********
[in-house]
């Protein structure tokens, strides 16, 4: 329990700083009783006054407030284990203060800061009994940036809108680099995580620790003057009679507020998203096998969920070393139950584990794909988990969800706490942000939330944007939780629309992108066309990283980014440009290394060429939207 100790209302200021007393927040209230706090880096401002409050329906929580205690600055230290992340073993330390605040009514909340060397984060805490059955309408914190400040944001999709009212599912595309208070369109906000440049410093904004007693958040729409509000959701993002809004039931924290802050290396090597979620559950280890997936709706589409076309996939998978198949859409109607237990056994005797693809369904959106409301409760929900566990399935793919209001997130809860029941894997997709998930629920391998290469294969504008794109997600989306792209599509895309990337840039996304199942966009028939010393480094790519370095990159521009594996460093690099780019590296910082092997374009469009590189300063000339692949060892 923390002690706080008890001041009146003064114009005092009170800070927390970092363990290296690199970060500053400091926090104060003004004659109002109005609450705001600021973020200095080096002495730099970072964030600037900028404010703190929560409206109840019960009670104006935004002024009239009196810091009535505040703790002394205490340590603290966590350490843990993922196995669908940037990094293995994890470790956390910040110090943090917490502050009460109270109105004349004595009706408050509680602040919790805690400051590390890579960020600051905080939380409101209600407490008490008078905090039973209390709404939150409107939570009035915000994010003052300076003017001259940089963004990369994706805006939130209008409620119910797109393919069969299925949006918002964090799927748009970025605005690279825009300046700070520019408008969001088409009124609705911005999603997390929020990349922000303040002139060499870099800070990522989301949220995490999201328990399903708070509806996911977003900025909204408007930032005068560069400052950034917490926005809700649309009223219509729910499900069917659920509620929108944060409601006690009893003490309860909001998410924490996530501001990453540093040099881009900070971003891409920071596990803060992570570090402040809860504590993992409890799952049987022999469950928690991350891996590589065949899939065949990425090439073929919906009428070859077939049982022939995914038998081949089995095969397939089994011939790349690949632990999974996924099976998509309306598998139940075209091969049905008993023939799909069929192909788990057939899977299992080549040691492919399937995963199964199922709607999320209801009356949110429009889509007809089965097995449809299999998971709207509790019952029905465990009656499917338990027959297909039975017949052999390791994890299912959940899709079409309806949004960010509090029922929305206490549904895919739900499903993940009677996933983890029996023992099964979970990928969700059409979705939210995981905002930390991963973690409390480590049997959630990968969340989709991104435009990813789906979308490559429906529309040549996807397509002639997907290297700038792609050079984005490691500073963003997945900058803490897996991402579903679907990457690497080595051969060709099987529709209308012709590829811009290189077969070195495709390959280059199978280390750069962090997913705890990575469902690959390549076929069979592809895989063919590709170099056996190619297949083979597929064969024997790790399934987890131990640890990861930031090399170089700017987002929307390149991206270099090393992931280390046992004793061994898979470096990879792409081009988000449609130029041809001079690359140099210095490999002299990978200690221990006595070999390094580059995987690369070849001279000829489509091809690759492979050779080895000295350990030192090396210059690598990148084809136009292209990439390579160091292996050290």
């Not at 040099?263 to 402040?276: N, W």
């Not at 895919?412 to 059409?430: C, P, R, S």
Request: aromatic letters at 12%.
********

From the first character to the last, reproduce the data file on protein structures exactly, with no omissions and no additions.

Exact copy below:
[in-house]
């Protein structure tokens, strides 16, 4: 329990700083009783006054407030284990203060800061009994940036809108680099995580620790003057009679507020998203096998969920070393139950584990794909988990969800706490942000939330944007939780629309992108066309990283980014440009290394060429939207 100790209302200021007393927040209230706090880096401002409050329906929580205690600055230290992340073993330390605040009514909340060397984060805490059955309408914190400040944001999709009212599912595309208070369109906000440049410093904004007693958040729409509000959701993002809004039931924290802050290396090597979620559950280890997936709706589409076309996939998978198949859409109607237990056994005797693809369904959106409301409760929900566990399935793919209001997130809860029941894997997709998930629920391998290469294969504008794109997600989306792209599509895309990337840039996304199942966009028939010393480094790519370095990159521009594996460093690099780019590296910082092997374009469009590189300063000339692949060892 923390002690706080008890001041009146003064114009005092009170800070927390970092363990290296690199970060500053400091926090104060003004004659109002109005609450705001600021973020200095080096002495730099970072964030600037900028404010703190929560409206109840019960009670104006935004002024009239009196810091009535505040703790002394205490340590603290966590350490843990993922196995669908940037990094293995994890470790956390910040110090943090917490502050009460109270109105004349004595009706408050509680602040919790805690400051590390890579960020600051905080939380409101209600407490008490008078905090039973209390709404939150409107939570009035915000994010003052300076003017001259940089963004990369994706805006939130209008409620119910797109393919069969299925949006918002964090799927748009970025605005690279825009300046700070520019408008969001088409009124609705911005999603997390929020990349922000303040002139060499870099800070990522989301949220995490999201328990399903708070509806996911977003900025909204408007930032005068560069400052950034917490926005809700649309009223219509729910499900069917659920509620929108944060409601006690009893003490309860909001998410924490996530501001990453540093040099881009900070971003891409920071596990803060992570570090402040809860504590993992409890799952049987022999469950928690991350891996590589065949899939065949990425090439073929919906009428070859077939049982022939995914038998081949089995095969397939089994011939790349690949632990999974996924099976998509309306598998139940075209091969049905008993023939799909069929192909788990057939899977299992080549040691492919399937995963199964199922709607999320209801009356949110429009889509007809089965097995449809299999998971709207509790019952029905465990009656499917338990027959297909039975017949052999390791994890299912959940899709079409309806949004960010509090029922929305206490549904895919739900499903993940009677996933983890029996023992099964979970990928969700059409979705939210995981905002930390991963973690409390480590049997959630990968969340989709991104435009990813789906979308490559429906529309040549996807397509002639997907290297700038792609050079984005490691500073963003997945900058803490897996991402579903679907990457690497080595051969060709099987529709209308012709590829811009290189077969070195495709390959280059199978280390750069962090997913705890990575469902690959390549076929069979592809895989063919590709170099056996190619297949083979597929064969024997790790399934987890131990640890990861930031090399170089700017987002929307390149991206270099090393992931280390046992004793061994898979470096990879792409081009988000449609130029041809001079690359140099210095490999002299990978200690221990006595070999390094580059995987690369070849001279000829489509091809690759492979050779080895000295350990030192090396210059690598990148084809136009292209990439390579160091292996050290």
């Not at 040099?263 to 402040?276: N, W």
């Not at 895919?412 to 059409?430: C, P, R, S």
Request: aromatic letters at 12%.